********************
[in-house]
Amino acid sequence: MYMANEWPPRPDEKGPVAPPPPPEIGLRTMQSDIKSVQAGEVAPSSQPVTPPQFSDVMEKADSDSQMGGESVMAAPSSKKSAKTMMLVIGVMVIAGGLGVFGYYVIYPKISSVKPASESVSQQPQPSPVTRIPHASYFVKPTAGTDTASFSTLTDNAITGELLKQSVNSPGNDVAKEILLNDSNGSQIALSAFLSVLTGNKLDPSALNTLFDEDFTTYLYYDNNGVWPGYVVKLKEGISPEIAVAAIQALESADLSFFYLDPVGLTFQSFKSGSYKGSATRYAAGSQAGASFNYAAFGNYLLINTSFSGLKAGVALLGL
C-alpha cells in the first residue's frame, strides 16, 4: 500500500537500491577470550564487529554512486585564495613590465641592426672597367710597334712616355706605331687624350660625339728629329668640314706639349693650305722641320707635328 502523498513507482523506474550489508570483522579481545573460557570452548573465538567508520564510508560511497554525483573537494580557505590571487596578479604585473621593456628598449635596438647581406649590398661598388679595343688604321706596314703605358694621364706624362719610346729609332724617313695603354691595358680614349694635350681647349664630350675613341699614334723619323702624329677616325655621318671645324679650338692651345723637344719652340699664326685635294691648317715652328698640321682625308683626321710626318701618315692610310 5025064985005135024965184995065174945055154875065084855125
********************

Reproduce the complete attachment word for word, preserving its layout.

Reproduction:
[in-house]
Amino acid sequence: MYMANEWPPRPDEKGPVAPPPPPEIGLRTMQSDIKSVQAGEVAPSSQPVTPPQFSDVMEKADSDSQMGGESVMAAPSSKKSAKTMMLVIGVMVIAGGLGVFGYYVIYPKISSVKPASESVSQQPQPSPVTRIPHASYFVKPTAGTDTASFSTLTDNAITGELLKQSVNSPGNDVAKEILLNDSNGSQIALSAFLSVLTGNKLDPSALNTLFDEDFTTYLYYDNNGVWPGYVVKLKEGISPEIAVAAIQALESADLSFFYLDPVGLTFQSFKSGSYKGSATRYAAGSQAGASFNYAAFGNYLLINTSFSGLKAGVALLGL
C-alpha cells in the first residue's frame, strides 16, 4: 500500500537500491577470550564487529554512486585564495613590465641592426672597367710597334712616355706605331687624350660625339728629329668640314706639349693650305722641320707635328 502523498513507482523506474550489508570483522579481545573460557570452548573465538567508520564510508560511497554525483573537494580557505590571487596578479604585473621593456628598449635596438647581406649590398661598388679595343688604321706596314703605358694621364706624362719610346729609332724617313695603354691595358680614349694635350681647349664630350675613341699614334723619323702624329677616325655621318671645324679650338692651345723637344719652340699664326685635294691648317715652328698640321682625308683626321710626318701618315692610310 5025064985005135024965184995065174945055154875065084855125